Sometimes I wonder if you’re just better off not knowing. At least at the time something happens.
As it turns out, Grilly had been in the central city when the proverbial balloon went up on Tuesday 22nd.
Having attended mass in the Holy Cross Chapel in Chancery Lane, just off Cathedral Square at 12.05pm, the service ended at approximately 12.35pm. Shortly after that Grilly headed across Cathedral Square and past the Cathedral at about 12.40pm. She was headed for the Bus Exchange and entered off Colombo St to wait at her platform in the main waiting area of the Exchange on Lichfield St. She had enough time to note that her bus, the No. 5, was due in 9 minutes. For some reason, unknown to her, she chose to sit near the door – something she doesn’t usually do.
In the 5 minutes before the earthquake struck, she spoke to one of the many uniformed school students heading home for a teacher-only day. It was a busy lunchtime crowd inside the Exchange. At 12.51pm violent shaking began, windows shattered and material started falling on everyone, possibly from the ceiling. Grilly said it sounded like everyone screamed at once and begun pouring out onto Lichfield St. The jolting threw her against the doorway on her way out. The outside of the building started shedding chunks of masonry. Within seconds it seemed, there were police telling everyone to get into the middle of the street away from the falling pieces of buildings all around them. Bricks and tiles from the already damaged Dowsons building and the Exchange itself were raining down. Grilly saw some of the school children hit by masonry and bleeding and one girl slumped against the building was carried away by two men.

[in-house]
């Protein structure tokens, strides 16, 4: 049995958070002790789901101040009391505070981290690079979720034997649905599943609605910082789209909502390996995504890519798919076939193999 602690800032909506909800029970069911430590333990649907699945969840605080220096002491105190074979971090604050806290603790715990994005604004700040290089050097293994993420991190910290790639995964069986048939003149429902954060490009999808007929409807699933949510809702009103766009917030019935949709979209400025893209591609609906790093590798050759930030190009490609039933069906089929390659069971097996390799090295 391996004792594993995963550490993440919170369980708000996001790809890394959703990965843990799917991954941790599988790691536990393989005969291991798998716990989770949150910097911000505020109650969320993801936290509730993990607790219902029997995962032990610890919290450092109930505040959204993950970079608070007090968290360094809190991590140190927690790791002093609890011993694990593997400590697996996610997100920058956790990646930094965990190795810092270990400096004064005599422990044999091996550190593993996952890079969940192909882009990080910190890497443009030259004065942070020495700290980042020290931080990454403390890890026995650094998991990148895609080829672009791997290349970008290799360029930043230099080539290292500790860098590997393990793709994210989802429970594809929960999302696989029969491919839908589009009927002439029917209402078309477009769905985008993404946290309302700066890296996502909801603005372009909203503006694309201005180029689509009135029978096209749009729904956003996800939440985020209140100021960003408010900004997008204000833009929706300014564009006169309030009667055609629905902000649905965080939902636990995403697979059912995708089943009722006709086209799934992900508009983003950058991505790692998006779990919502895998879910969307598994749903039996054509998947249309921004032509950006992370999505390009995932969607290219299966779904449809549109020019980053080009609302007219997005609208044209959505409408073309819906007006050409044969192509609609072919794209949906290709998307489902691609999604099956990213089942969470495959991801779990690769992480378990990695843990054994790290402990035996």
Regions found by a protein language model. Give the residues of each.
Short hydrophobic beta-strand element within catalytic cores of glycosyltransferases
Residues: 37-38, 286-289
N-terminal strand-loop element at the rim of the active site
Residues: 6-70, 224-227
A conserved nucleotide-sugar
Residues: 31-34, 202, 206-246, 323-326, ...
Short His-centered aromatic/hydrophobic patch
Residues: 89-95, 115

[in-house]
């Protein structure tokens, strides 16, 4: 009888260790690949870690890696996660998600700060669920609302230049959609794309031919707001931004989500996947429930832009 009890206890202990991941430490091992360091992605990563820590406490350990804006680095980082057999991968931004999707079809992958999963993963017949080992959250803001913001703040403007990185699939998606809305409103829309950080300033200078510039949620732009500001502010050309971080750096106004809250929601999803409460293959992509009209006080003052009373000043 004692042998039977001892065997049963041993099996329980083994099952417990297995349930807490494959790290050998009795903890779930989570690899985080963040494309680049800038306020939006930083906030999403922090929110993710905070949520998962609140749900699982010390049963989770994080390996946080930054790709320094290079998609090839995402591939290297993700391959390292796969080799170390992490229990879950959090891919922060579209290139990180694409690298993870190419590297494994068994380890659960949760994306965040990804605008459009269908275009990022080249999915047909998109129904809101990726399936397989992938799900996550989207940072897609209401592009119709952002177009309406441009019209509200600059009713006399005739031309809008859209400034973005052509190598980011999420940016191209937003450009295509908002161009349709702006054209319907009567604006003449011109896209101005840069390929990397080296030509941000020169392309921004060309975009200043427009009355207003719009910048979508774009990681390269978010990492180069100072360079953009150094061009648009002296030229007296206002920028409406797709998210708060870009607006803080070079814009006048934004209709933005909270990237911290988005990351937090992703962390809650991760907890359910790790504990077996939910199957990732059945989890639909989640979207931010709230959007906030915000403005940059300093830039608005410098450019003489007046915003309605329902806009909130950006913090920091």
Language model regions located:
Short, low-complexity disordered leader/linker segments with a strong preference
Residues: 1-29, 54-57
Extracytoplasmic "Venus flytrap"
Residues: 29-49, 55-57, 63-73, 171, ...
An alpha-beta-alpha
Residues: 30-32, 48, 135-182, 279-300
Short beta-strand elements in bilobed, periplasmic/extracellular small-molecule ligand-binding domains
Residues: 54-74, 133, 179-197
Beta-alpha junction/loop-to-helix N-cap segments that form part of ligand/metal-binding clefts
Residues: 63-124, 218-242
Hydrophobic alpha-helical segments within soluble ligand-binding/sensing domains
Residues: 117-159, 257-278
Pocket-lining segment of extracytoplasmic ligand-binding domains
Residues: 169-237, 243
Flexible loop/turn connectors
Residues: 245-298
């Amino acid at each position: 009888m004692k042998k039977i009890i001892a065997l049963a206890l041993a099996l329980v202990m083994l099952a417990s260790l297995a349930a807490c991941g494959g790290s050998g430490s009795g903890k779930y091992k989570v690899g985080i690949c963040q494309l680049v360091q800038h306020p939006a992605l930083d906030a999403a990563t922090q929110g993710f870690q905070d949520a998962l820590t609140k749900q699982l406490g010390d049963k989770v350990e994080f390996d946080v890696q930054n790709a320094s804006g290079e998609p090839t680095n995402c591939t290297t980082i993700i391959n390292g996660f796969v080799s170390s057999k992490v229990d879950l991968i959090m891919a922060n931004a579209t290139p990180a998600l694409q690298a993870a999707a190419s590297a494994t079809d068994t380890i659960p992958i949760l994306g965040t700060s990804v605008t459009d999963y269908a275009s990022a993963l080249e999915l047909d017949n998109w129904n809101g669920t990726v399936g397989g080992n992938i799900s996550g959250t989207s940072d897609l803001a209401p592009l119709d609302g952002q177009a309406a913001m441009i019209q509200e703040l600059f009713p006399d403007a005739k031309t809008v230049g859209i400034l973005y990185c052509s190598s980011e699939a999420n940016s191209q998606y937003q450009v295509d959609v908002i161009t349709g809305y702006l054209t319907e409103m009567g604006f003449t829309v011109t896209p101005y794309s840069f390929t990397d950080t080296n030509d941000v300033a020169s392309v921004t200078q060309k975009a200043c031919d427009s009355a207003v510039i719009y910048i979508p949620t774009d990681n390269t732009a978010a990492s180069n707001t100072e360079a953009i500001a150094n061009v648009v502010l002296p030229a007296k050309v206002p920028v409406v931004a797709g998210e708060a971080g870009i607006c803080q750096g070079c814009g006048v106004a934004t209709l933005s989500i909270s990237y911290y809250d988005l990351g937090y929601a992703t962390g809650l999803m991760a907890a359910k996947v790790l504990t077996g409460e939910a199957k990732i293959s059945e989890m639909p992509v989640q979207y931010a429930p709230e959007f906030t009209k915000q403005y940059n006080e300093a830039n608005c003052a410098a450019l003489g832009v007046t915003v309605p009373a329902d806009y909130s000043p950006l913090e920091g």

People stumbled down Lichfield St, picking their way over rubble and fallen blocks and bits of building. She moved as if in a daze, unsure of where she was and what street she was on – so many familiar buildings were down that there were very few landmarks to get her bearings from. Everything was covered by the hanging haze of dust. It was then that this horrible moment that no child wishes to see their parent in was captured on film and shown around the world. My sister saw it on TV first and prepared the rest of us for the shock of seeing her there (at 1.53 in the video below – thanks to Logan from Gorilla Pictures):
Like I said, sometimes maybe, you’re better off not knowing. Here’s my sister’s story.
What Grilly recalls next is the kindness of a series of strangers. A tiny episode of so many in the unfolding stories of this disaster. First she was noticed, dazed and in shock, by a man who picked her up and sat her on a car bonnet until she was able to continue. Next two young women looked after her and sent me a text saying my mother was OK and was with them. In some amazing act of foresight Grilly was carrying a piece of paper in her bag with my mobile number on it. I received these texts while desperately trying to get through traffic to her house. I thought they were from neighbours in her street at the time. These two wonderful young people managed to get another family of strangers to take Grilly in their car and drive her home. They had only arrived in NZ two weeks earlier and were unsure of their way around, navigating by map, in a disaster zone.
Somehow, through this lack of familiarity with Christchurch they managed to take an unusual route to Grilly’s area, meaning they missed most of the log-jammed traffic. The streets around Linwood and further east to Aranui and beyond were badly affected by subsidence, liquefaction and flooding. The family were able to get Grilly close to her street and let her out. The final amazing act in her incredible journey home – two men appeared out of houses and carried her across a severly flooded intersection to reach her house.
There are very few strangers in our city now. Those of us who are fortunate, or blessed if you prefer, to be alive and able to tell their tale, are part of a stronger community now. We, all of us, are survivors, not victims. And we carry each other across the floods.